Inspiration can come from anywhere: It might be a far-flung place you can only visit in your imagination, a moment from history that reverberates into the present, or a kindhearted person who lives right across your street. At times 2016 felt dominated by one disturbing headline after another. But stories of the poignant, the sweet and the exhilarating were abundant too. Here are 12 of our favorites.
Combat Wounded Amputees Summit Everest: In May, two separate teams dedicated to war veterans reached the summit of Mt. Everest within days of each other, a bright spot of news in a season that saw six deaths and many more ill or injured climbers. Retired USMC Staff Sergeant Charlie Linville and retired Army Staff Sergeant Chad Jukes became the first two combat-wounded amputees to complete the climb to the world's highest peak. At the top, “I sat down and I cried,” Linville told the Vail Daily newspaper. “I took mementos from fallen brothers to say thank you for their sacrifice. I figured that’s as close as I could ever get to them.” The story was one of several in 2016—the Orlando Invictus Games was another—that highlighted incredible acts of perseverance and recovery by wounded veterans.
Remembering the Quiet Man Who Changed History for 669 Children: Nicholas Winton was a 29-year-old stockbroker in Britain who took it upon himself to arrange the transport of hundreds of children out of Nazi-occupied Czechoslovakia in the late 1930s. In May, nearly a year after his death at 106, more than 100 people touched by Winton’s life traveled from around the world to a memorial service. Kurt Taussig, one of the people Winton saved and now 92 years old, told the BBC he would have “swum an ocean” to be at the service. For an unforgettable illustration of the far-reaching impact one man’s actions can have, watch this clip of the 1980s show that placed an unsuspecting Winton within a studio audience filled with those rescuees 50 years later.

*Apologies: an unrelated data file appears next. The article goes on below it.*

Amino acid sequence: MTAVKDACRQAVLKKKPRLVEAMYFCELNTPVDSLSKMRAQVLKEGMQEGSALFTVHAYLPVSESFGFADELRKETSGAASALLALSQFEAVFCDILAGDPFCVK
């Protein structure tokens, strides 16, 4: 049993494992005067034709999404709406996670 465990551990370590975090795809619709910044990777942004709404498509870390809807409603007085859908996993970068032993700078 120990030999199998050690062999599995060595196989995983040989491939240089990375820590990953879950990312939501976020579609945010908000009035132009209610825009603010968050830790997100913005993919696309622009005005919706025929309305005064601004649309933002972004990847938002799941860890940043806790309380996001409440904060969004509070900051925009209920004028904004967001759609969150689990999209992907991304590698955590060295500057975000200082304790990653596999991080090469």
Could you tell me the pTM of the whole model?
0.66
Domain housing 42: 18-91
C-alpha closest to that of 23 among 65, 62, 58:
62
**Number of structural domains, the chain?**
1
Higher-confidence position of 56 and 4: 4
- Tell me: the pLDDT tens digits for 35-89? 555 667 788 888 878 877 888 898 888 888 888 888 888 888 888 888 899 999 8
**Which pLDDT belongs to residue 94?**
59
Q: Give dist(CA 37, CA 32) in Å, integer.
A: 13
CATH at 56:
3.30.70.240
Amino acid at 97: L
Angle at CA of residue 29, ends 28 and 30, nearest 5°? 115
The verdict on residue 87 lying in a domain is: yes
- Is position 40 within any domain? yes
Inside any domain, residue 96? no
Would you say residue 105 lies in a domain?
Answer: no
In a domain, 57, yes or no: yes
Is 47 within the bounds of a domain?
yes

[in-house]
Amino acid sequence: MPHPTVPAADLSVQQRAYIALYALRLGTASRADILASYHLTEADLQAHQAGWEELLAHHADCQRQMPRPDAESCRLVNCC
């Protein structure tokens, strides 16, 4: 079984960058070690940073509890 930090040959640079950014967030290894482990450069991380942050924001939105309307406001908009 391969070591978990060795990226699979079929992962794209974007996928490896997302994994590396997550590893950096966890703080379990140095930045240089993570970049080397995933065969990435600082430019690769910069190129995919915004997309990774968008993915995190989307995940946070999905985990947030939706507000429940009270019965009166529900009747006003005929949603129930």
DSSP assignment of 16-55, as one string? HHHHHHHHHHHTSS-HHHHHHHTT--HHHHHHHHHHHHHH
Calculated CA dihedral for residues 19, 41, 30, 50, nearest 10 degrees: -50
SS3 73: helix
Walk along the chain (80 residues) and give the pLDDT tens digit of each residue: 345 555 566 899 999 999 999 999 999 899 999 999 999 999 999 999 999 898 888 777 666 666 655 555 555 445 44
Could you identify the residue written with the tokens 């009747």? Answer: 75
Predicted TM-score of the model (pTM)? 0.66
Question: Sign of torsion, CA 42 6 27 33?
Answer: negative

Journalist Risks Everything to Help the Disadvantaged in Her Native India: Priyanka Dubey, at 28 years old, is at the forefront of a new wave of feminist journalism in India that has helped push the shocking level of violence against Indian women onto front pages around the world. Inspire Confidence profiled in her 2016, shortly after she had won the Knight International Journalism Award, one of the field’s top honors. Don’t miss the companion Q&A with Dubey, where she talks about overcoming formidable obstacles to follow her passion.
At 90, She Embarked on the Ultimate Road Trip: Norma Bauerschmidt died this year at age 91, but not before making a remarkable decision that inspired thousands of people. The previous autumn, at age 90, Norma lost her husband. Then two days later she got a diagnosis of cancer. Rather than spend her remaining time in a hospital, she decided to embark on a road trip with her son and daughter-in-law. Read the interview with her daughter-in-law here, see photos from the journey, and see the touching response Norma sparked when she returned home to visit her husband’s grave.